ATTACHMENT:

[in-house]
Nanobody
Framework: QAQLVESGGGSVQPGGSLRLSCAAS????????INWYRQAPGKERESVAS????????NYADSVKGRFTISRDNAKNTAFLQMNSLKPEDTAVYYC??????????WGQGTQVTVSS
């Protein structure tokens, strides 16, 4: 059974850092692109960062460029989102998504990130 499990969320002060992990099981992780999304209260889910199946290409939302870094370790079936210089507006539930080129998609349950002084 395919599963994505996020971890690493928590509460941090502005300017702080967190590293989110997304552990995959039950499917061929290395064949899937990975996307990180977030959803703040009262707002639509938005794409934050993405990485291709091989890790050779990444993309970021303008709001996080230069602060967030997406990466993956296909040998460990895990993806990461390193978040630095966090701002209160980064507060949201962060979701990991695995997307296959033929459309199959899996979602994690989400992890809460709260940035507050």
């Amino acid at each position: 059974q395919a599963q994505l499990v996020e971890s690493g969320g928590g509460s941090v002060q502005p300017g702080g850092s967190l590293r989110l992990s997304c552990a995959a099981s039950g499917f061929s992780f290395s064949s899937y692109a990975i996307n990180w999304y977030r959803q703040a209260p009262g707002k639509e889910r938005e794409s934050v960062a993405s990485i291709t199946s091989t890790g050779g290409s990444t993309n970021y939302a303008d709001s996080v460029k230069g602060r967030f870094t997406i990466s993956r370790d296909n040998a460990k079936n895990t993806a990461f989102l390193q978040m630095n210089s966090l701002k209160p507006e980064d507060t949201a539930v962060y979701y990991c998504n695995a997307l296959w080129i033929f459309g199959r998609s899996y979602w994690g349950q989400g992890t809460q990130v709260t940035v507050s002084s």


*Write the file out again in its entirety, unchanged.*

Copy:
[in-house]
Nanobody
Framework: QAQLVESGGGSVQPGGSLRLSCAAS????????INWYRQAPGKERESVAS????????NYADSVKGRFTISRDNAKNTAFLQMNSLKPEDTAVYYC??????????WGQGTQVTVSS
């Protein structure tokens, strides 16, 4: 059974850092692109960062460029989102998504990130 499990969320002060992990099981992780999304209260889910199946290409939302870094370790079936210089507006539930080129998609349950002084 395919599963994505996020971890690493928590509460941090502005300017702080967190590293989110997304552990995959039950499917061929290395064949899937990975996307990180977030959803703040009262707002639509938005794409934050993405990485291709091989890790050779990444993309970021303008709001996080230069602060967030997406990466993956296909040998460990895990993806990461390193978040630095966090701002209160980064507060949201962060979701990991695995997307296959033929459309199959899996979602994690989400992890809460709260940035507050």
């Amino acid at each position: 059974q395919a599963q994505l499990v996020e971890s690493g969320g928590g509460s941090v002060q502005p300017g702080g850092s967190l590293r989110l992990s997304c552990a995959a099981s039950g499917f061929s992780f290395s064949s899937y692109a990975i996307n990180w999304y977030r959803q703040a209260p009262g707002k639509e889910r938005e794409s934050v960062a993405s990485i291709t199946s091989t890790g050779g290409s990444t993309n970021y939302a303008d709001s996080v460029k230069g602060r967030f870094t997406i990466s993956r370790d296909n040998a460990k079936n895990t993806a990461f989102l390193q978040m630095n210089s966090l701002k209160p507006e980064d507060t949201a539930v962060y979701y990991c998504n695995a997307l296959w080129i033929f459309g199959r998609s899996y979602w994690g349950q989400g992890t809460q990130v709260t940035v507050s002084s």